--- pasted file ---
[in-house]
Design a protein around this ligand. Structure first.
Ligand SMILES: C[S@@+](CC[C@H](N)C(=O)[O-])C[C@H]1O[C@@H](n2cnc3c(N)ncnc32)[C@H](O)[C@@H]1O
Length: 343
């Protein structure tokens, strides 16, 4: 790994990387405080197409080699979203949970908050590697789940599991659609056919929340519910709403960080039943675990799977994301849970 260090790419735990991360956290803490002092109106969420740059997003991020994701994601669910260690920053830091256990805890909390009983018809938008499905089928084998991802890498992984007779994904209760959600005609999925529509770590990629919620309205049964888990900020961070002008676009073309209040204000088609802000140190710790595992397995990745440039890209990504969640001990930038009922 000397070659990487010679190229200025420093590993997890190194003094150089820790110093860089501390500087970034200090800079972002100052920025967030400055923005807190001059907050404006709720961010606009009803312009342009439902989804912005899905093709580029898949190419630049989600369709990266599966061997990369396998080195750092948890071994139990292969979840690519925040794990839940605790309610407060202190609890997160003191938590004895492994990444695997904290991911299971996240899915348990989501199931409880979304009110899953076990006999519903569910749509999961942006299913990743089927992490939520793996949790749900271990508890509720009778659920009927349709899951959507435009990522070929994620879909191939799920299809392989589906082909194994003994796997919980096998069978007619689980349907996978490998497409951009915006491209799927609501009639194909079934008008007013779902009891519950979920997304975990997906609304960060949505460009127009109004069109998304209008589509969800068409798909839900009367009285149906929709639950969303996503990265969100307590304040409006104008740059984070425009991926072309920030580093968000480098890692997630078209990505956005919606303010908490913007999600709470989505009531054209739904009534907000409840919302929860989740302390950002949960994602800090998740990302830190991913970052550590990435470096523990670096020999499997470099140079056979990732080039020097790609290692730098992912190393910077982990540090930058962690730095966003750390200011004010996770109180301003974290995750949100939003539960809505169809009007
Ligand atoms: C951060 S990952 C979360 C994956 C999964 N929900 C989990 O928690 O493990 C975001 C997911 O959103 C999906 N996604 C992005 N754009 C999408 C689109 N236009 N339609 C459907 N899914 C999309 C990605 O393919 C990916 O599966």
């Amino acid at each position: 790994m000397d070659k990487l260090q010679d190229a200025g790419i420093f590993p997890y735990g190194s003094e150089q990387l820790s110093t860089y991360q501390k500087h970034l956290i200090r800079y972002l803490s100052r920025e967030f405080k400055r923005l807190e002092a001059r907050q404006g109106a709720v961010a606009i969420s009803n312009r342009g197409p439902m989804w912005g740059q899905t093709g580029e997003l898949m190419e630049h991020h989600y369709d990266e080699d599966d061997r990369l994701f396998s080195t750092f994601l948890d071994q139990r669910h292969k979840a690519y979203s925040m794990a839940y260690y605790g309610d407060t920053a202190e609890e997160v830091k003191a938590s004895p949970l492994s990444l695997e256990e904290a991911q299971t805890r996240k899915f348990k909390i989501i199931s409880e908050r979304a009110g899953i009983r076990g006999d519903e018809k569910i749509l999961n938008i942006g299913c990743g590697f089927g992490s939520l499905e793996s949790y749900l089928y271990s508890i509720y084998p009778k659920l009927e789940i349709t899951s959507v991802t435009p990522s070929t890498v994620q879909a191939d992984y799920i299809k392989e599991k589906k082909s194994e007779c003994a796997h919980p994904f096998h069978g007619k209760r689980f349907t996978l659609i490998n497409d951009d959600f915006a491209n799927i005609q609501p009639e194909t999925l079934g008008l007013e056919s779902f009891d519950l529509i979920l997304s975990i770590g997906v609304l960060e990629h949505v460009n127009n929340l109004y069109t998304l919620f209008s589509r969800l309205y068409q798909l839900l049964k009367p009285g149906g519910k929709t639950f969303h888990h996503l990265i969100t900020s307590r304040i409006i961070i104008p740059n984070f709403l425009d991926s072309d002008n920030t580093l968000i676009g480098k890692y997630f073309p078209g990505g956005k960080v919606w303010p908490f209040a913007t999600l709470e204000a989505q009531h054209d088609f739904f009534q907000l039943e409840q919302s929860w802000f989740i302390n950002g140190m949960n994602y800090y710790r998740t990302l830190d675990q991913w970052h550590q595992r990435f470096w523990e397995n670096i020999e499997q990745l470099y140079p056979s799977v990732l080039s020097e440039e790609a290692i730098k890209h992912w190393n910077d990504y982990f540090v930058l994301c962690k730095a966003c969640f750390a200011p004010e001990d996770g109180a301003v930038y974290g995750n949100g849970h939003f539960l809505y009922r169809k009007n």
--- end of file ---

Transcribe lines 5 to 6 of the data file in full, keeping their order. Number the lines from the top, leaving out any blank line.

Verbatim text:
């Protein structure tokens, strides 16, 4: 790994990387405080197409080699979203949970908050590697789940599991659609056919929340519910709403960080039943675990799977994301849970 260090790419735990991360956290803490002092109106969420740059997003991020994701994601669910260690920053830091256990805890909390009983018809938008499905089928084998991802890498992984007779994904209760959600005609999925529509770590990629919620309205049964888990900020961070002008676009073309209040204000088609802000140190710790595992397995990745440039890209990504969640001990930038009922 000397070659990487010679190229200025420093590993997890190194003094150089820790110093860089501390500087970034200090800079972002100052920025967030400055923005807190001059907050404006709720961010606009009803312009342009439902989804912005899905093709580029898949190419630049989600369709990266599966061997990369396998080195750092948890071994139990292969979840690519925040794990839940605790309610407060202190609890997160003191938590004895492994990444695997904290991911299971996240899915348990989501199931409880979304009110899953076990006999519903569910749509999961942006299913990743089927992490939520793996949790749900271990508890509720009778659920009927349709899951959507435009990522070929994620879909191939799920299809392989589906082909194994003994796997919980096998069978007619689980349907996978490998497409951009915006491209799927609501009639194909079934008008007013779902009891519950979920997304975990997906609304960060949505460009127009109004069109998304209008589509969800068409798909839900009367009285149906929709639950969303996503990265969100307590304040409006104008740059984070425009991926072309920030580093968000480098890692997630078209990505956005919606303010908490913007999600709470989505009531054209739904009534907000409840919302929860989740302390950002949960994602800090998740990302830190991913970052550590990435470096523990670096020999499997470099140079056979990732080039020097790609290692730098992912190393910077982990540090930058962690730095966003750390200011004010996770109180301003974290995750949100939003539960809505169809009007
Ligand atoms: C951060 S990952 C979360 C994956 C999964 N929900 C989990 O928690 O493990 C975001 C997911 O959103 C999906 N996604 C992005 N754009 C999408 C689109 N236009 N339609 C459907 N899914 C999309 C990605 O393919 C990916 O599966």